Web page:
Up to four inches of snow could fall in London and southeast England as an arctic blast sends temperatures tumbling to as low as -15C in Scotland.
The Met Office has issued a yellow snow and ice warning for southern and eastern England from 9am on Sunday to 9am on Monday, warning of widespread disruption with a “slight chance” that rural communities could be cut off.
The warning, which lasts for 24 hours, says two to five centimetres of snow could fall quite widely and up to 10cm (four inches) in places.
It was issued after identical warnings in other parts of the country.
The Met Office said: “Snow may push in across parts of east and southeast England, leading to a risk of travel disruption especially on Monday morning.”
Spokesman Grahame Madge added: “The outlook for the UK remains cold at least for the next seven days, with the potential for this to continue even longer.”
Temperatures dropped as low as -9C (15F) in Benson, South Oxfordshire, overnight, and Sky News weather producer Joanna Robinson said -15C (5F) could possibly be reached in Scotland where there is snowfall and clear skies over the coming week.
‘I’m quite worried about the bills at home’
Grove Park Library is one of 12 Warm Welcome spaces set up by Lewisham after the council declared a cost of living emergency.
Cora Ma brings her two sons Aidan, seven, and Noah, four, to the library several times a week to save on turning the heating on at home.
“The temperatures just dropped recently to one or two degrees,” she told Sky News. “We’ve been very, very careful. We’re watching the energy monitor so we’re very selective when we put the heating on.
“We know we can come here two to three times a week if we need to.”
The library is open during the day and welcomes local residents who want to be somewhere warm so they can save on energy at home. There is a cafe inside for hot drinks and non-members are welcome to read books during their stay.
“I’m quite worried about the bills at home,” Cora told Sky News. “We have to think about when we do the food shop, when we heat the house.
“It’s really day by day. If it’s colder today then we will need to heat the house but we wear all the hats, the scarves, blankets and socks. We have to think very carefully where we spend our money.”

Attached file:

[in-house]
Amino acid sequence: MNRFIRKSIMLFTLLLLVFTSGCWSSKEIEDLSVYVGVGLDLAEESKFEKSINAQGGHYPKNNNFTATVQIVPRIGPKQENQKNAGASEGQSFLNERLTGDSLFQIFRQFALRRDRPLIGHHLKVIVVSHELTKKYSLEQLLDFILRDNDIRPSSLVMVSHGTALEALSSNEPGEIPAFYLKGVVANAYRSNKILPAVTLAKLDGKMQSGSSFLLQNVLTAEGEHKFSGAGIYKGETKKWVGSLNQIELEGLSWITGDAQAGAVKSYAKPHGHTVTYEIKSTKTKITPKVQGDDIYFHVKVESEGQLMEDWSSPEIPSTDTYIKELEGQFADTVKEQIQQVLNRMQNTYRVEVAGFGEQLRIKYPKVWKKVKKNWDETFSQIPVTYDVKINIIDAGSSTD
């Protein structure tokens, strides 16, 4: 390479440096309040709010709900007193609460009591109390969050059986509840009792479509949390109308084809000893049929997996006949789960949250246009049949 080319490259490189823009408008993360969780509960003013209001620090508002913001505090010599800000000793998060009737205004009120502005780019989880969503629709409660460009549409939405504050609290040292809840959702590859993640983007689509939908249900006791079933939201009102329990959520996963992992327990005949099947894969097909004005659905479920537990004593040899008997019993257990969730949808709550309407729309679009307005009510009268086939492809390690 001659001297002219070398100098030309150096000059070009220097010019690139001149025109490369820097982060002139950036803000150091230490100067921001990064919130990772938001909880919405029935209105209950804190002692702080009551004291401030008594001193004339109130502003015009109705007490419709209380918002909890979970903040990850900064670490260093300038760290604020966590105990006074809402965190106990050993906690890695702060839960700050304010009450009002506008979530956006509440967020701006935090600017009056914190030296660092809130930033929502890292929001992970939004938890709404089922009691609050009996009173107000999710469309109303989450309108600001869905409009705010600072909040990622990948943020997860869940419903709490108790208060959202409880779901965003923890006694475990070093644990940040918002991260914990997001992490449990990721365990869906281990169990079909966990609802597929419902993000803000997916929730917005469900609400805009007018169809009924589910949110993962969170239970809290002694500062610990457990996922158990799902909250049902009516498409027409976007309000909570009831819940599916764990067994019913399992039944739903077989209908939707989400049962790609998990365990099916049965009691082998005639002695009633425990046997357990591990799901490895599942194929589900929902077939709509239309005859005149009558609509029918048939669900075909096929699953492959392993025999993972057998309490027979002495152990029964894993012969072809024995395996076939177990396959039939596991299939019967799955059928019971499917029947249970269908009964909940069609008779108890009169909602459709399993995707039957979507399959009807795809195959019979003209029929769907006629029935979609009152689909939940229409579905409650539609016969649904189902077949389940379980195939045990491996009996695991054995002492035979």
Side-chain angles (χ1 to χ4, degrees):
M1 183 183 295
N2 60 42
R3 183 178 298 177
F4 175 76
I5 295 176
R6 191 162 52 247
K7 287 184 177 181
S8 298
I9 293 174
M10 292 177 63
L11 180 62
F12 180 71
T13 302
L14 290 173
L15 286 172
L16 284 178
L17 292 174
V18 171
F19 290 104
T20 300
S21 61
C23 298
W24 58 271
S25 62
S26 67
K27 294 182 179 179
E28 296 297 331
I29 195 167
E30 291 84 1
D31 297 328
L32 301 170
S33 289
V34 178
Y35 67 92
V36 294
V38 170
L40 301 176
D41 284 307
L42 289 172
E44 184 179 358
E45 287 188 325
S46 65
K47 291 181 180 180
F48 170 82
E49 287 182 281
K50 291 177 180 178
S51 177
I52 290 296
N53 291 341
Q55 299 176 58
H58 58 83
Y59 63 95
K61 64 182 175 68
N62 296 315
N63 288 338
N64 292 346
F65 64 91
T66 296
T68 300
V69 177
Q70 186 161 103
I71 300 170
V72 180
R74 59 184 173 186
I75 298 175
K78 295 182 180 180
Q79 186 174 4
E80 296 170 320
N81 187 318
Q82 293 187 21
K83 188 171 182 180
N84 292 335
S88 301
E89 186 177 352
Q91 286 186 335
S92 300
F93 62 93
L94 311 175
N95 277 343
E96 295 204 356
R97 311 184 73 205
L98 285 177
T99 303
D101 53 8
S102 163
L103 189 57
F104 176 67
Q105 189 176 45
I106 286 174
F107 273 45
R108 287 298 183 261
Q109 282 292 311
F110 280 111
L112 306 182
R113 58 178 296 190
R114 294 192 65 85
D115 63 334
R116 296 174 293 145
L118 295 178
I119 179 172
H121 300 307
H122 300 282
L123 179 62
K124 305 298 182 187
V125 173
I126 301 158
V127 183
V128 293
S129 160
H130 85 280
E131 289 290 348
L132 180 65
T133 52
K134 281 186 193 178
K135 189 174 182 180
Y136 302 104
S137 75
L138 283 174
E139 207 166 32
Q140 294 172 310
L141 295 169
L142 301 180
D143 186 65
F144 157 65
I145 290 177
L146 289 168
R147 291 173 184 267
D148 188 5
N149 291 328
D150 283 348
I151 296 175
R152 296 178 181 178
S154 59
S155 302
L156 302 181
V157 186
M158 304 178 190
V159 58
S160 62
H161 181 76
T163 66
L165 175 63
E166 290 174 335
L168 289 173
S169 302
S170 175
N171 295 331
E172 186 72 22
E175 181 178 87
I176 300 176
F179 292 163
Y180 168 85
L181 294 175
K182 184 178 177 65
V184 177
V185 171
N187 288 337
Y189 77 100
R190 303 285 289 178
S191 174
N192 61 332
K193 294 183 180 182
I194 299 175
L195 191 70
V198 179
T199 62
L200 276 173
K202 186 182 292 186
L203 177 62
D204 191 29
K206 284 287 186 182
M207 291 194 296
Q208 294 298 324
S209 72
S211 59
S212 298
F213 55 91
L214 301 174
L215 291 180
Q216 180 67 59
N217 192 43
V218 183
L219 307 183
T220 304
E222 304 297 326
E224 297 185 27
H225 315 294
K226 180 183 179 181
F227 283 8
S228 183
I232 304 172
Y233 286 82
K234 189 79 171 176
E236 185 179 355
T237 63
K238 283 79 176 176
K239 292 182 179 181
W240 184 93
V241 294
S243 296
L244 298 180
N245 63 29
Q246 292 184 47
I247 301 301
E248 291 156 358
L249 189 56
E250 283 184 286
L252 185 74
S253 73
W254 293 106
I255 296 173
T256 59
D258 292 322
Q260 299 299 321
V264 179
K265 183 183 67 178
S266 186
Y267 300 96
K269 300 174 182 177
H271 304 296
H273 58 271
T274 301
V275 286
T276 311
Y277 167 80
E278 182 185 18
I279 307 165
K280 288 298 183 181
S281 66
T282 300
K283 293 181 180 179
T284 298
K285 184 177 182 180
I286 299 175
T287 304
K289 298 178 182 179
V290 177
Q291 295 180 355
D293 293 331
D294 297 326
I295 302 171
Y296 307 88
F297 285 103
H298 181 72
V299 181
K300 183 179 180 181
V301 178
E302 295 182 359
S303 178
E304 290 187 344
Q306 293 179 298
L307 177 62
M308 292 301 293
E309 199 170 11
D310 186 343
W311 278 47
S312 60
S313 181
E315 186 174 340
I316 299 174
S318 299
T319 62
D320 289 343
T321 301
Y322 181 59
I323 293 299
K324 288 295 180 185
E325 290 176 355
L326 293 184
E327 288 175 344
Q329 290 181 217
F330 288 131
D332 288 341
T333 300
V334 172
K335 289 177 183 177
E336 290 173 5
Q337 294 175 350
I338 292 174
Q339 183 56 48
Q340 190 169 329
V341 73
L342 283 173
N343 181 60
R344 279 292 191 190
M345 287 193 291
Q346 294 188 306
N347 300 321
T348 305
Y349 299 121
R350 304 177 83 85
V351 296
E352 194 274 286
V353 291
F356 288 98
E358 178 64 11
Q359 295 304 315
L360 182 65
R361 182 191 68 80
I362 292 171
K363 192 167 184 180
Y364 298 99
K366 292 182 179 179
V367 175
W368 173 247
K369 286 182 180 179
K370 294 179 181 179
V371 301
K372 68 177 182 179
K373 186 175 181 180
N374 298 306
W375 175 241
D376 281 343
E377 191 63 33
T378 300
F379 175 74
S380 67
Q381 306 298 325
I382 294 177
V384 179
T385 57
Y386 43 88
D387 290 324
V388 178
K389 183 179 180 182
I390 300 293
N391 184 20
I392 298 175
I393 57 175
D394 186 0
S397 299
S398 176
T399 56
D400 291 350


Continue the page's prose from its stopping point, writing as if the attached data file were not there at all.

Lewisham Council says 61,000 people in the area are falling behind on their bills.
The Met Office had already issued several yellow weather warnings for snow and ice which are in place for parts of Scotland, Northern Ireland, Wales and South West England.
In addition, the UK Health Security Agency (UKHSA) has issued a level three cold weather alert covering England until Monday – as a charity warned the worsening cold snap could bring “dreadful consequences” with millions unable to afford to heat their homes.
The health body advises vulnerable people to heat their homes to at least 18C, wear extra layers of clothing, and eat hot food to protect themselves.
As parts of the UK are hit by freezing conditions, those on the lowest incomes in England and Wales will receive a £25 cold weather payment.
The winter payments are triggered for eligible households where the average temperature has been or is forecast to be 0C or below over a period of seven consecutive days.
Robinson said further wintry showers into next week will bring icy stretches, with conditions reaching well below freezing.
She said: “The Arctic air is across us now, bringing wintry hazards that could last for most of next week, but there will be plenty of sunshine.
“Like recently, temperatures will widely drop below freezing at night, reaching -4C to -8C under clear skies, and -10C is likely in some prone cold spots.
“Where there’s snow cover, mainly in Scotland, clear skies could bring lows close to -15C.
“And it’s staying cold in the day, with temperatures generally 2C to 4C, but freezing in some places.
“Disruptive freezing fog is looking increasingly likely over the weekend, especially in the south.”
The Met Office has extended a yellow weather warning for snow and ice in northern Scotland until 12pm on Sunday.
It warned some disruption is likely due to icy surfaces in coastal and northern England and parts of Wales and Northern Ireland where yellow warnings for ice were issued for Friday.
The icy conditions in coastal England and parts of Northern Ireland and Wales are expected to continue into Saturday.
The forecaster’s meteorologist Alex Deakin said earlier this week there was a potential for “significant” snow in parts of England and Wales in a predicted weather model for next week, which shows a low pressure system heading towards the UK.
He added: “The weather patterns don’t shift too much by the time we get to Monday, we’ve still got the cold air in place, cold weather fronts around, some freezing fog and some ice as well.”